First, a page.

Disseminating Evidence

Summarize your strategy for disseminating the results of the project to key stakeholders
and to the greater nursing community.

Dissemination Strategies

Dissemination is a process where deliverables and outcomes of projects are made
available to stakeholders and to the clinical practice audience. Its main intention is to make
knowledge and its associated evidence-based interventions widely spread (Gellis, Solomon,
Lukens & Huz, 2014). Dissemination evidence has several goals; first, to increase the evidence
reach. Second, it increases people’s motivation of using and applying evidence. Lastly, it
increases people’s ability of using and applying evidence.
The aim of the dissemination strategies is to spread knowledge and the evidence-based
interventions across or within the geographical locations, the settings of practice, or other
networks of end users such as health care providers and patients. The results of the project
outcome are disseminated to key stakeholders. The main purpose for this is to inform the
development of project, to allow feedback receipt and to ensure that the practice and the outcome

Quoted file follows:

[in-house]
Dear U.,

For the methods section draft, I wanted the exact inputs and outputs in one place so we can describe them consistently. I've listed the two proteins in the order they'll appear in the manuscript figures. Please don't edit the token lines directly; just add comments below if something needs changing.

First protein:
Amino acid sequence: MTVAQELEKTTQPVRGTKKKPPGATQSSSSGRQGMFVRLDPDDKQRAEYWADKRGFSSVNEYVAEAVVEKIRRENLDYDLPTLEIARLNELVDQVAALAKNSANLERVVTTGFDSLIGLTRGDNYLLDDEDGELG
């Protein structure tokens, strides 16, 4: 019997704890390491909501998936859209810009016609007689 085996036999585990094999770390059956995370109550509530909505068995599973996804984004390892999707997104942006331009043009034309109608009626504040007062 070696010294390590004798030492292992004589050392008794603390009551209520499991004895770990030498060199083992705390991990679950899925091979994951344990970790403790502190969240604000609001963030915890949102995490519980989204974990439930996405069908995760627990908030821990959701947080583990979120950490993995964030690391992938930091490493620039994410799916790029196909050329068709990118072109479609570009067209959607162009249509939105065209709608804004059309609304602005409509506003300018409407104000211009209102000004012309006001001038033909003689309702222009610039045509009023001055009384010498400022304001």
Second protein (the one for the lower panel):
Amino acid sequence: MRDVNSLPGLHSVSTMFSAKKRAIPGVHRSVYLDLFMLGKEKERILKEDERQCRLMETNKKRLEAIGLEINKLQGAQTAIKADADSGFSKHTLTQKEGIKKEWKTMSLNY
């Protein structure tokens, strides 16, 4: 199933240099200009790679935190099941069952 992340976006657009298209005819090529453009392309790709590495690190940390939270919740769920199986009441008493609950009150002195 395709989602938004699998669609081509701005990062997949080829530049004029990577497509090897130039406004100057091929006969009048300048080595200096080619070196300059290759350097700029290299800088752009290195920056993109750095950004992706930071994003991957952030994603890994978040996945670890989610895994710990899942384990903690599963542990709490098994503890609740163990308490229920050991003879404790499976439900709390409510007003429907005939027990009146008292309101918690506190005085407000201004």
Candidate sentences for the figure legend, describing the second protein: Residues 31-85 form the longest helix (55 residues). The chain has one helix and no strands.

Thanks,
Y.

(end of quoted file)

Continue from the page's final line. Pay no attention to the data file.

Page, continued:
are maintained after project implementation (Cleary & Hunt, 2013).
Passive dissemination strategies are not as effective as the active strategies. Interventions
that solely rely on transfer of passive information are comparatively ineffective. Despite the
effects of the active knowledge translation strategies being modest, they are usually very

effective. The interventions that are multifaceted (i.e. one that incorporates two or more distinct
strategies) are more likely to work than the interventions that are single (Cleary & Hunt, 2013).
Dissemination need to be considered early in the stage of project planning. It requires a
period of time for dissemination at the end of the project work. The audit committees are
required to strengthen the research findings implementation and the evaluation of winning
implementation put into practice making use of the necessary outcome measures.


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